Tips for young editors: have a personality. General Manager Lloyd Bucher’s “Orlando Test” is a good way to figure out if you can make it as an editor. The one difference in his test is that the editor has to be the silent driver, the chauffeur. The editor has to have a good personality, have a limited vocabulary of bad words and know when to shut up. Let the client yap away, he’s paying you. Don’t dawdle work faster.

A good editor knows how to manage files and keeps them. Ralph Capabianco’s client wanted to look at an old commercial they cut last year. Ralph quickly found it and showed it to the client. He saved them both time by taking the time to organize and story his previous work so he could find it. Being in the edit suite is a lot like riding in a submarine. You can’t look out the windows. You need to communicate with your navigator, and you need to make sure you make the most of your air.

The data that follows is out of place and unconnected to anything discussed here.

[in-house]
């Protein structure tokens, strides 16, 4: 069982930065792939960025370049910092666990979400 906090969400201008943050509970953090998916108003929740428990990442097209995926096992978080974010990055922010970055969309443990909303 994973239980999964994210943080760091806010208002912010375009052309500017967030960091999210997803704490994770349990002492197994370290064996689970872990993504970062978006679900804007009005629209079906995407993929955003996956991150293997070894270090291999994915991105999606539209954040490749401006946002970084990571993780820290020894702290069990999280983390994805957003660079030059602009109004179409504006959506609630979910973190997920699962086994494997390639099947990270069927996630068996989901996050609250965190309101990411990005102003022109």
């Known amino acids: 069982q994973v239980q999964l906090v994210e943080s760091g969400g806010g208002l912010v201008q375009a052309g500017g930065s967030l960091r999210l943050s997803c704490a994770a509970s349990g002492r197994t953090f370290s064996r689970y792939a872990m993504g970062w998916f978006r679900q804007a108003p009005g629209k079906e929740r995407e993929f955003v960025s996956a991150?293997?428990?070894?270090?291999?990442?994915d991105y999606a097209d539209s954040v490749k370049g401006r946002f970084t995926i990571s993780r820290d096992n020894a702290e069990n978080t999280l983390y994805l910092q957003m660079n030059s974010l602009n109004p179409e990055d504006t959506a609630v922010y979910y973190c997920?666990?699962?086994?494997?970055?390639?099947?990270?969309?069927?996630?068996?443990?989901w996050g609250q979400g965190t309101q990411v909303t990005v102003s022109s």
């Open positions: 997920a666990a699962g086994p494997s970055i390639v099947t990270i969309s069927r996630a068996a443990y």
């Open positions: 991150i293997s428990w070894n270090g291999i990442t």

You and your client are locked in a room without windows, traveling together, to who knows where. Editing with a client should be a part of astronaut training. There are days when the work flows and time flies, and there are days when you can feel yourself age between the tick and the tock.

As you can guess, time is the theme of this post.

Time is money in an edit suite.

Time is bought and sold on TVs and websites.

Time is the irresistible force and the immovable object.

Time will always win.

And as I tell my students,

Time is the enemy.